d.  For internal temperature measurements at the time of off-loading from the harvest vessel by the processor, FDA recommends:
 
o   For fish held iced or refrigerated (not frozen) onboard the vessel 24 or more hours after death the internal temperature should be 40°F (4.4°C) or below;
Or
o   For fish held iced or refrigerated (not frozen) onboard the vessel from 15 to less than 24 hours after death the internal temperature to ensure should be 50°F (10°C) or below;
OR
o   For fish held iced or refrigerated (not frozen) onboard the vessel from 12 to less than 15 hours after death the internal temperature should be 60°F (15.6°C) or below;
OR
o   For fish held iced or refrigerated (not frozen) onboard the vessel less than 12 hours after death the internal temperature should be sufficiently below water and air temperatures to indicate that appropriate chilling methods were implemented onboard the harvest vessel. Chilling of the fish should begin on the harvest vessel regardless of the time from death until off-loading from the vessel by the processor, unless the environmental conditions (e.g. air and water temperatures) are below 40°F (4.4°C) from the time of death until off-loading from the vessel by the processor:
OR
o   For fish held iced or refrigerated (not frozen) onboard the vessel elapsed time from death and internal temperatures at the time of off-loading from the vessel by the processor should be consistent with cooling curves that will prevent development of an unsafe level of histamine in the specific species, as established through a scientific study.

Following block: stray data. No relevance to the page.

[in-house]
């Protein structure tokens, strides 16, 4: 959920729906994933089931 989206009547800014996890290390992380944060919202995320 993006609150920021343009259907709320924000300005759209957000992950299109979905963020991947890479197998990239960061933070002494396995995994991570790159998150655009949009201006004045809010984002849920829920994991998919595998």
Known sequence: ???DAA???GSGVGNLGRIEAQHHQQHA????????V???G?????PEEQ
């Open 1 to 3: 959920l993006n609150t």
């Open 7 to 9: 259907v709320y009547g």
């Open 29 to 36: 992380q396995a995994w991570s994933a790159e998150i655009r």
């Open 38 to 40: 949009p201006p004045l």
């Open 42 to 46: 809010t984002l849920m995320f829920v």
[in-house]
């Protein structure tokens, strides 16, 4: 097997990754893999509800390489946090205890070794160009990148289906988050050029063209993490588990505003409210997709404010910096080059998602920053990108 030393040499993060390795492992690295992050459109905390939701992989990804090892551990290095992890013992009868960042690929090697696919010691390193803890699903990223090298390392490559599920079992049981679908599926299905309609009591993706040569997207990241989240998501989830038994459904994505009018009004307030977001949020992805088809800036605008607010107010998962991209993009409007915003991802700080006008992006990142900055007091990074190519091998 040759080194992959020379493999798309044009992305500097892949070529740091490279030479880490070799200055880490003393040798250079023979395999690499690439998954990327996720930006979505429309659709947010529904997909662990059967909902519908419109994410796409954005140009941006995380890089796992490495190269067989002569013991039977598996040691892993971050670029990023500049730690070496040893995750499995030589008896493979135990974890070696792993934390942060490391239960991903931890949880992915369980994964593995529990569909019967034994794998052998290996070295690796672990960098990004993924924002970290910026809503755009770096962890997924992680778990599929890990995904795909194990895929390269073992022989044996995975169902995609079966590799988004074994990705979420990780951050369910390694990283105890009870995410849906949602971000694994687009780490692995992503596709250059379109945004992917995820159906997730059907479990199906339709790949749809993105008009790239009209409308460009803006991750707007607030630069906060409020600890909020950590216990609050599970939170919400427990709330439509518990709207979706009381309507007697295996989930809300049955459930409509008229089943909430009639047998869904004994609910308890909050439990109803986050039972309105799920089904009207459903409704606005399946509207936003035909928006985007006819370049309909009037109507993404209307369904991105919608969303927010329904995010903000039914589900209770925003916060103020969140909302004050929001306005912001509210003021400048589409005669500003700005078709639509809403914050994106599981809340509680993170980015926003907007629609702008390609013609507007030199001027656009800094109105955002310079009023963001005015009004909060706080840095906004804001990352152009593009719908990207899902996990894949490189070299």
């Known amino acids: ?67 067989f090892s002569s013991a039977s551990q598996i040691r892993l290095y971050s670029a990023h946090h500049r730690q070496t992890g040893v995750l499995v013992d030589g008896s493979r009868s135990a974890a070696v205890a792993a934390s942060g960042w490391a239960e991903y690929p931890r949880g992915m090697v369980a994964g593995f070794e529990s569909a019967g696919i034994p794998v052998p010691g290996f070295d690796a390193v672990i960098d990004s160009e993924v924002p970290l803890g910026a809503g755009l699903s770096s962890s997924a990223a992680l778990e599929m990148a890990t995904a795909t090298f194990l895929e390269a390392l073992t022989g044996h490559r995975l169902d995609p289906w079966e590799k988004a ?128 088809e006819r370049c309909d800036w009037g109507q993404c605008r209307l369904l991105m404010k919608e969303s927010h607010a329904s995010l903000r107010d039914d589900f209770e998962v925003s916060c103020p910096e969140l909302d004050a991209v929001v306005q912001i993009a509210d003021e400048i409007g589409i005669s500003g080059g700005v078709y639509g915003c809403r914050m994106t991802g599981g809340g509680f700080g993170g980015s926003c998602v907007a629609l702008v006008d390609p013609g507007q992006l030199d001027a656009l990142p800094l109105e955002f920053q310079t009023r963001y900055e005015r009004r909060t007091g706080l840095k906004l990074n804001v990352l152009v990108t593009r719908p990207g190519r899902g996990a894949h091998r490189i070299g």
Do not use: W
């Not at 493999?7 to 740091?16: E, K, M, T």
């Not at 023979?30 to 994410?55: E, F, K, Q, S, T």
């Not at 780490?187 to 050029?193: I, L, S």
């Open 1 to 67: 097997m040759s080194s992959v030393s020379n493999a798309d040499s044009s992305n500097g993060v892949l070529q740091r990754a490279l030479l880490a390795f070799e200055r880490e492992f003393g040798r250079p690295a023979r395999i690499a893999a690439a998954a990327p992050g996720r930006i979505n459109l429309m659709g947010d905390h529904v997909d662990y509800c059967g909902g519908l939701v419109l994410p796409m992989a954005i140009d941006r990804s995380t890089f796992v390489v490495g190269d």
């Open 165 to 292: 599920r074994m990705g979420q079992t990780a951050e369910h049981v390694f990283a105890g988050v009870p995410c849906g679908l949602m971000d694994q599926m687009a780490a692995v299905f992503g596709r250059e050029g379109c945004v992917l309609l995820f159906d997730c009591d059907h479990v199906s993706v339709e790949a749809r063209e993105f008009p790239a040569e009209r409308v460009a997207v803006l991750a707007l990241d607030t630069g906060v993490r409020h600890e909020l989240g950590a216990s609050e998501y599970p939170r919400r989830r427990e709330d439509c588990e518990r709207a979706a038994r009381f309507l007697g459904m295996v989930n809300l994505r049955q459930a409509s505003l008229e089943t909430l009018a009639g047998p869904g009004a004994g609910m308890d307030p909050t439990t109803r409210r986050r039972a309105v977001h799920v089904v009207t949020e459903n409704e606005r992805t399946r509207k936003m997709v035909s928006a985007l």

e.  To control scombrotoxin formation that is reasonably likely to occur during transit from the harvest vessel to the plant, FDA recommends:
 
o   For fish delivered refrigerated (not frozen) that all lots received are accompanied by transportation records that show that the fish were held at or below an ambient or internal temperature of 40°F (4.4°C) throughout transit. Note that allowance for routine refrigeration defrost cycles may be necessary:
OR
o   For fish delivered under ice that fish are completely surrounded by ice at the time of delivery;
OR
o   For fish delivered under ice on an open-bed truck that all fish are stored completely surrounded by ice and that the internal temperature of the fish at the time of delivery is 40°F (4.4°C) or below;